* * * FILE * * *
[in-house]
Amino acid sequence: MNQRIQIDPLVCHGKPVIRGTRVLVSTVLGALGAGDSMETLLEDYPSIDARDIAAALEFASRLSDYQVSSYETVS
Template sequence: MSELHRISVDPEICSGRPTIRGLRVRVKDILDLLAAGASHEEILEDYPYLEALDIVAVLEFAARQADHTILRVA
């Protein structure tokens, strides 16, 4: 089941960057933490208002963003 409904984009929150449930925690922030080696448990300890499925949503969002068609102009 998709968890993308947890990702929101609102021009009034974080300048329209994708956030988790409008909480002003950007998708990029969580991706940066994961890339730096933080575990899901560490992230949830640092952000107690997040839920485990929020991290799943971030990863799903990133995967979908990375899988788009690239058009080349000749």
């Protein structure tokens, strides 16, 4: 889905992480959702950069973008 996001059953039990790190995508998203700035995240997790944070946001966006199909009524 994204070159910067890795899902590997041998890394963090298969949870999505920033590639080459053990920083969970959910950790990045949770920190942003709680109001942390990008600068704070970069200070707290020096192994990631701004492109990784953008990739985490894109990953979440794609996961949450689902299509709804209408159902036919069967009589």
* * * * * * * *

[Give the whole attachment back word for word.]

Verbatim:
[in-house]
Amino acid sequence: MNQRIQIDPLVCHGKPVIRGTRVLVSTVLGALGAGDSMETLLEDYPSIDARDIAAALEFASRLSDYQVSSYETVS
Template sequence: MSELHRISVDPEICSGRPTIRGLRVRVKDILDLLAAGASHEEILEDYPYLEALDIVAVLEFAARQADHTILRVA
């Protein structure tokens, strides 16, 4: 089941960057933490208002963003 409904984009929150449930925690922030080696448990300890499925949503969002068609102009 998709968890993308947890990702929101609102021009009034974080300048329209994708956030988790409008909480002003950007998708990029969580991706940066994961890339730096933080575990899901560490992230949830640092952000107690997040839920485990929020991290799943971030990863799903990133995967979908990375899988788009690239058009080349000749």
């Protein structure tokens, strides 16, 4: 889905992480959702950069973008 996001059953039990790190995508998203700035995240997790944070946001966006199909009524 994204070159910067890795899902590997041998890394963090298969949870999505920033590639080459053990920083969970959910950790990045949770920190942003709680109001942390990008600068704070970069200070707290020096192994990631701004492109990784953008990739985490894109990953979440794609996961949450689902299509709804209408159902036919069967009589």